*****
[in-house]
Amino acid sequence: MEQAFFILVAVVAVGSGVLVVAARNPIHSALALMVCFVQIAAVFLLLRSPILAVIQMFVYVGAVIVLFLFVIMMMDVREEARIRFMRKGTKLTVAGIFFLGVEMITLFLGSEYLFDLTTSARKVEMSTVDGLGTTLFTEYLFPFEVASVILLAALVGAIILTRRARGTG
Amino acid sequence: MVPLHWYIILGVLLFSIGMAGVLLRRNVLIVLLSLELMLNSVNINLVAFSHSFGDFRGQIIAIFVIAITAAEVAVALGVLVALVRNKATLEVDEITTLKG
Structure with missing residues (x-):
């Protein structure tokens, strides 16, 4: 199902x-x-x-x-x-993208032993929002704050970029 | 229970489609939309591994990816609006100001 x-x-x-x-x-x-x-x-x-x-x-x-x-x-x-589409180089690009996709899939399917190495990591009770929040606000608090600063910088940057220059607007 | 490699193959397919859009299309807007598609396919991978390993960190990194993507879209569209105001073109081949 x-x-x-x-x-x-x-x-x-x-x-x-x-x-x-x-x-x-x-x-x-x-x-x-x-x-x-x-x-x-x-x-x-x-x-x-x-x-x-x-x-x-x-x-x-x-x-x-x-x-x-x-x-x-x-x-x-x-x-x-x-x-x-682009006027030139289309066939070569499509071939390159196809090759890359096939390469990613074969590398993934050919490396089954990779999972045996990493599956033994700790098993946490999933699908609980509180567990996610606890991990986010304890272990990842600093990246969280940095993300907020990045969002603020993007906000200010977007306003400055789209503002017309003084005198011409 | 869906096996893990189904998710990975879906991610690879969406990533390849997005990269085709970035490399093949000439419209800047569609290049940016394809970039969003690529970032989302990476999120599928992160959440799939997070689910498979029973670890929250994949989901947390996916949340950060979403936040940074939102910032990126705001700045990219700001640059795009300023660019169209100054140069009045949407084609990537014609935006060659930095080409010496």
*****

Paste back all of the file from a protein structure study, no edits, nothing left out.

[in-house]
Amino acid sequence: MEQAFFILVAVVAVGSGVLVVAARNPIHSALALMVCFVQIAAVFLLLRSPILAVIQMFVYVGAVIVLFLFVIMMMDVREEARIRFMRKGTKLTVAGIFFLGVEMITLFLGSEYLFDLTTSARKVEMSTVDGLGTTLFTEYLFPFEVASVILLAALVGAIILTRRARGTG
Amino acid sequence: MVPLHWYIILGVLLFSIGMAGVLLRRNVLIVLLSLELMLNSVNINLVAFSHSFGDFRGQIIAIFVIAITAAEVAVALGVLVALVRNKATLEVDEITTLKG
Structure with missing residues (x-):
């Protein structure tokens, strides 16, 4: 199902x-x-x-x-x-993208032993929002704050970029 | 229970489609939309591994990816609006100001 x-x-x-x-x-x-x-x-x-x-x-x-x-x-x-589409180089690009996709899939399917190495990591009770929040606000608090600063910088940057220059607007 | 490699193959397919859009299309807007598609396919991978390993960190990194993507879209569209105001073109081949 x-x-x-x-x-x-x-x-x-x-x-x-x-x-x-x-x-x-x-x-x-x-x-x-x-x-x-x-x-x-x-x-x-x-x-x-x-x-x-x-x-x-x-x-x-x-x-x-x-x-x-x-x-x-x-x-x-x-x-x-x-x-x-682009006027030139289309066939070569499509071939390159196809090759890359096939390469990613074969590398993934050919490396089954990779999972045996990493599956033994700790098993946490999933699908609980509180567990996610606890991990986010304890272990990842600093990246969280940095993300907020990045969002603020993007906000200010977007306003400055789209503002017309003084005198011409 | 869906096996893990189904998710990975879906991610690879969406990533390849997005990269085709970035490399093949000439419209800047569609290049940016394809970039969003690529970032989302990476999120599928992160959440799939997070689910498979029973670890929250994949989901947390996916949340950060979403936040940074939102910032990126705001700045990219700001640059795009300023660019169209100054140069009045949407084609990537014609935006060659930095080409010496």